- Be sure to supervise your dog for the next day or so. Look out for abnormal symptoms such as vomiting, seizures, or excessive urination.
- Make sure your dog has plenty of water.
How To Prevent Your Dog From Eating Unsafe Foods?
The best way to protect your dog is to prevent them from eating dangerous foods in the first place. Thankfully, there are plenty of precautions to ensure your dog is safe.
Here are a few different tips for keeping unsafe food away from your dog:
- Supervise dogs when food is sitting out in the open, especially if the tables are low enough for them to reach.
- Alternatively, you can keep your dog in a separate room while eating or preparing food, so you won’t need to worry about supervising them.
- Don’t allow children to feed dogs without adult supervision.
- Avoid giving your dog “people food” too often. If you make it a habit, it may be harder to keep them away from toxic foods in the future.
- Get trash cans with lockable lids.
- Make sure you stick to a consistent feeding schedule. If your dog is constantly begging for food, it may not be eating enough.
Other Party Foods That Are Toxic to Dogs
Birthday cake isn’t the only party food that can hurt your furry friends. Here are a few other foods to keep far away from your dog:
Pizza typically includes dairy, which can cause digestive issues. It can often have onion or garlic as well, both of which are toxic to dogs.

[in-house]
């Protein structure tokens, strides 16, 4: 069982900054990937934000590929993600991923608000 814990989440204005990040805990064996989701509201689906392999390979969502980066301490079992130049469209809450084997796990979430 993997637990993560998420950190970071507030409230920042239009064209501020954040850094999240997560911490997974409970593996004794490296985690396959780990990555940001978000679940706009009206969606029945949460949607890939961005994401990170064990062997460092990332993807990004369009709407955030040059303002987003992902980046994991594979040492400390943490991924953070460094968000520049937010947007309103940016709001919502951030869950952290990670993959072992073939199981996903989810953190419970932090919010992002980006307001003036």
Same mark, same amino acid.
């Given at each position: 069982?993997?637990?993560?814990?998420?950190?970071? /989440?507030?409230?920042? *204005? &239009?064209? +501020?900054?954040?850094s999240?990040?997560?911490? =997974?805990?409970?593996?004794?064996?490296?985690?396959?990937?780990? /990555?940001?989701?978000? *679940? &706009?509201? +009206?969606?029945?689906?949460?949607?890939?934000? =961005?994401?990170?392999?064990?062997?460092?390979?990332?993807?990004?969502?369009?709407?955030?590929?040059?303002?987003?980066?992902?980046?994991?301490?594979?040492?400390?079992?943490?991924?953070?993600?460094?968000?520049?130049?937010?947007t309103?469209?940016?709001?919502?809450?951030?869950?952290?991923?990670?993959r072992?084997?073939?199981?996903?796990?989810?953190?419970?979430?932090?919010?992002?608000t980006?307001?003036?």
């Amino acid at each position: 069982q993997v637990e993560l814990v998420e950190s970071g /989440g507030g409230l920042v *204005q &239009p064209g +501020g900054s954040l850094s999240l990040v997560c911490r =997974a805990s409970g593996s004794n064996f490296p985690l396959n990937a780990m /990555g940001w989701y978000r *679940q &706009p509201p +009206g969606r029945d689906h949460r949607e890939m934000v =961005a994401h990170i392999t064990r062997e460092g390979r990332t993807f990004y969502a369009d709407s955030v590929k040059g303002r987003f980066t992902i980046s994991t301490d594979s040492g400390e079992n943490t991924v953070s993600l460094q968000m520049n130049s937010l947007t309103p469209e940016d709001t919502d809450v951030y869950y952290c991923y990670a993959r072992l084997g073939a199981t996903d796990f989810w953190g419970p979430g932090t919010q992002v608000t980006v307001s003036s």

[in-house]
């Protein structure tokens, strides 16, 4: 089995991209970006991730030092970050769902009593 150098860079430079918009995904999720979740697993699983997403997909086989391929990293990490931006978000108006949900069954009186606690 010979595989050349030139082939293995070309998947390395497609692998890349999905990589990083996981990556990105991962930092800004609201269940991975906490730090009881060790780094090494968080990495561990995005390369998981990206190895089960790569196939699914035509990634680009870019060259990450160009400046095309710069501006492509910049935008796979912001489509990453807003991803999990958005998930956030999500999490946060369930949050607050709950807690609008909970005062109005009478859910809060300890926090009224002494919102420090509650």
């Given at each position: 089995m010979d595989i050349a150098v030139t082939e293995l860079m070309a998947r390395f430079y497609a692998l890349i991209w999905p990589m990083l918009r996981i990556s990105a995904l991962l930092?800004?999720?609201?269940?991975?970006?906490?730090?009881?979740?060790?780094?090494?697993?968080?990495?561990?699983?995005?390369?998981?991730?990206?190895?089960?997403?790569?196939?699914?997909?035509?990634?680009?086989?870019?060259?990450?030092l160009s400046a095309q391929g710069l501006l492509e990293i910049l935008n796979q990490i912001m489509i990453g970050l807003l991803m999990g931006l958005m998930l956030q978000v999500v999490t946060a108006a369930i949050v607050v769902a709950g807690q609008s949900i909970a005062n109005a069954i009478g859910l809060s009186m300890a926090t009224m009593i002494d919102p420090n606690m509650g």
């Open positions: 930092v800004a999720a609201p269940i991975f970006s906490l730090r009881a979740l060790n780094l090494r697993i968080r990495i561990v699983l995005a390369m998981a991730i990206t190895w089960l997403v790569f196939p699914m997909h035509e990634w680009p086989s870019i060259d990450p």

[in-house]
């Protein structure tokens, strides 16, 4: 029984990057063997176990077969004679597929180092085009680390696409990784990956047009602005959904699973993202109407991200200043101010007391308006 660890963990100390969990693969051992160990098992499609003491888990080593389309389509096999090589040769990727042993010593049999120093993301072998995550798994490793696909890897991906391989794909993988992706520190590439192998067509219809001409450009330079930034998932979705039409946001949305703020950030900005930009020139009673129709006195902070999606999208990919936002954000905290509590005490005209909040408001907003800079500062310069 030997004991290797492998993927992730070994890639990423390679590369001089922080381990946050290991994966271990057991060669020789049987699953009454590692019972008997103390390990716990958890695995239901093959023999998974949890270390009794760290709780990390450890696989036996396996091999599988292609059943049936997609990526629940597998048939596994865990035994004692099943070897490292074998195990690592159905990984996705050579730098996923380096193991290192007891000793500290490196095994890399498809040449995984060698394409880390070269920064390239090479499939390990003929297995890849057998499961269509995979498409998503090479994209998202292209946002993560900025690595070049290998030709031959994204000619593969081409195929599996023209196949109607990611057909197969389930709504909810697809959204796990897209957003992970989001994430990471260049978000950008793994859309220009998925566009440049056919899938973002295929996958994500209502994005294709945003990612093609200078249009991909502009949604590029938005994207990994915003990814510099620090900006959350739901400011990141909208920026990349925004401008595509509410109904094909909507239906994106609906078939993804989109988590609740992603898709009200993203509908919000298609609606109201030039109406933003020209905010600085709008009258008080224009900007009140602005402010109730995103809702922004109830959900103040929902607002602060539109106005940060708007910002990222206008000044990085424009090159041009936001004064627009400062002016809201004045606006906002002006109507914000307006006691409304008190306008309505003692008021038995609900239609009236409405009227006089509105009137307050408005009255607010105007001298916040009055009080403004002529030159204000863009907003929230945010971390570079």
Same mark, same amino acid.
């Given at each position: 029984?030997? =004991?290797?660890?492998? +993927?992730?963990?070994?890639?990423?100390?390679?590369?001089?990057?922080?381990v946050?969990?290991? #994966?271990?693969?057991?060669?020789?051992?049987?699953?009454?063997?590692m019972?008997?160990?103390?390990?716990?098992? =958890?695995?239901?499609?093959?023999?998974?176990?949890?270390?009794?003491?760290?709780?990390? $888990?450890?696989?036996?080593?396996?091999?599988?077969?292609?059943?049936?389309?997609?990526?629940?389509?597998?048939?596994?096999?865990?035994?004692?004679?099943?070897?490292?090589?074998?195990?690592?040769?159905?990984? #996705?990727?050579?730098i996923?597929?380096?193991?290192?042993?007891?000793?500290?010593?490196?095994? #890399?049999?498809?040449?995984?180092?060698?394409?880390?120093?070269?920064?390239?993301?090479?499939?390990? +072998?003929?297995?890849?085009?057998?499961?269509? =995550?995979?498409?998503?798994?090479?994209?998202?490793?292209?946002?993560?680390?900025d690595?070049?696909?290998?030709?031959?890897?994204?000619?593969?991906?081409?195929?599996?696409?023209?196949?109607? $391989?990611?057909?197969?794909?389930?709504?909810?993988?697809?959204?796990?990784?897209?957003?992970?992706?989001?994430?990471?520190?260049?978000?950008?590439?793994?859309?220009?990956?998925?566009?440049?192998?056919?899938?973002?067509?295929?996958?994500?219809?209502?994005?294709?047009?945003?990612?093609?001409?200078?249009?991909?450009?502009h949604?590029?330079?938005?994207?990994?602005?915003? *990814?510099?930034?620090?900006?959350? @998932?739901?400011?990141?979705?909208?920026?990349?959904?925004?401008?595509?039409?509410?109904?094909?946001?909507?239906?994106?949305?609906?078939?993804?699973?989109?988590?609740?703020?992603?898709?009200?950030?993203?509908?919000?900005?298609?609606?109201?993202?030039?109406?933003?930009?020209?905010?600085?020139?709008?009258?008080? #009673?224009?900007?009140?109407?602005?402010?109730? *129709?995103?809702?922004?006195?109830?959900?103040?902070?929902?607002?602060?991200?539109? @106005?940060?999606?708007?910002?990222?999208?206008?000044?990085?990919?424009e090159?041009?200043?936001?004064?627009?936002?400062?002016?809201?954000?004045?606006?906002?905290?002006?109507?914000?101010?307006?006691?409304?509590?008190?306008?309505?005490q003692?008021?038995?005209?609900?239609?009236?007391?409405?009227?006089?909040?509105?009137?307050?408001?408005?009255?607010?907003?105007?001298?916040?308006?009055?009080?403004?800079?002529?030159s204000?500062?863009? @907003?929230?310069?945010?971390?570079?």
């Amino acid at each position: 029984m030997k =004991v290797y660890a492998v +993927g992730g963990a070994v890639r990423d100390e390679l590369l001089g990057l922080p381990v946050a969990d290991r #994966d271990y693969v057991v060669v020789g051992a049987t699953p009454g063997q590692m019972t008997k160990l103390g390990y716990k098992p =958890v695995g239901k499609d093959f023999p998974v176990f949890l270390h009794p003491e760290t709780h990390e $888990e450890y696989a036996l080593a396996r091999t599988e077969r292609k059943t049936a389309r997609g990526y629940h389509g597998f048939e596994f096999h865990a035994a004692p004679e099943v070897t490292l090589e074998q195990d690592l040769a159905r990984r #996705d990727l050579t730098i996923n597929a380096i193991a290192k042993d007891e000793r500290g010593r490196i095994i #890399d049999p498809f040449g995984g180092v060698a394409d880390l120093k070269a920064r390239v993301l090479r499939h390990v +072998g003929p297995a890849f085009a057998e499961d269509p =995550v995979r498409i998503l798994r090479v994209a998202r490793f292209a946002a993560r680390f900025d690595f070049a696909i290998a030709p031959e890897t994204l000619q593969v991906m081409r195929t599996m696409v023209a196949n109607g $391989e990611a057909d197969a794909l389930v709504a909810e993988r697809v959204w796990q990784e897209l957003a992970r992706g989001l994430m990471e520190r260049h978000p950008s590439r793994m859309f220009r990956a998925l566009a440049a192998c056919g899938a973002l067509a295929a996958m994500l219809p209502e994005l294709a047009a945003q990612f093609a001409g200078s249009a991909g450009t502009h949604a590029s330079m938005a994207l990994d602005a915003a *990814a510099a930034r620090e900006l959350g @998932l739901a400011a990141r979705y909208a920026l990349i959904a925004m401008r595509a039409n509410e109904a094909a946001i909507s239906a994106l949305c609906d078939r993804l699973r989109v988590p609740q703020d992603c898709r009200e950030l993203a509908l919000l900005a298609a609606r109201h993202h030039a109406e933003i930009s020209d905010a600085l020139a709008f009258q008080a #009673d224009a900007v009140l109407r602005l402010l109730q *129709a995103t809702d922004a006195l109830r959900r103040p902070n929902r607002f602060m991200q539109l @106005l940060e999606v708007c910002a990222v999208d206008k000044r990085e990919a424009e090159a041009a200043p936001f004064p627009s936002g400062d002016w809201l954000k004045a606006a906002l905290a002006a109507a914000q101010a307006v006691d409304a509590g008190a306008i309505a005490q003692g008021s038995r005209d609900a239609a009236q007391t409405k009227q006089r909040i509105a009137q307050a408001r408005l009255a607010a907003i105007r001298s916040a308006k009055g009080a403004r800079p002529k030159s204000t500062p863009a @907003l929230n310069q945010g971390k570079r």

Avocado, the main ingredient of this dip, can be harmful if your dog ingests it.
Sugary snacks can make your dog sick and lead to long-term health issues. So not only is icing bad for dogs to eat, but cookies, candies, and ice cream are, too.
Any alcoholic drinks can be seriously harmful to your furry friend. If you don’t want your dog feeling left out at the party, consider buying some dog-friendly beer! You can find it at most pet stores these days.
(Though you should check our list of alcohol-inspired dog names!)
How To Make Dog-Safe Icing?
Can dogs eat icing… made for dogs? Yes—there are plenty of alternatives! If your dog is always begging for a taste of icing, they can safely enjoy one of these easy, dog-friendly icing recipes.
You can let them lick the homemade icing from the spoon, put it on dog treats, or even make a whole dog-friendly cake!
- This dog-friendly cupcake recipe includes an all-natural, peanut butter-flavored icing.
- This easy, 4-ingredient dog icing goes best on a dog biscuit. It’s the perfect alternative for any dog with a sweet tooth.
- These dog-friendly cupcakes have apple-flavored cream cheese frosting on top!
Conclusion: Can Dogs Eat Icing?
No matter how much your dog begs for a taste of cake icing, it’s best not to share it with them. Always keep icing out of your dog’s reach unless you’ve specifically made it with dog-safe ingredients.
Fortunately, a lick or two of frosting most likely won’t hurt your dog. So if your dog ever gets into the frosting, they will probably be fine. Just keep a close watch to monitor for signs that they may need to see a vet.
If you find that your dog ate a large amount of frosting, contact a veterinarian as soon as possible.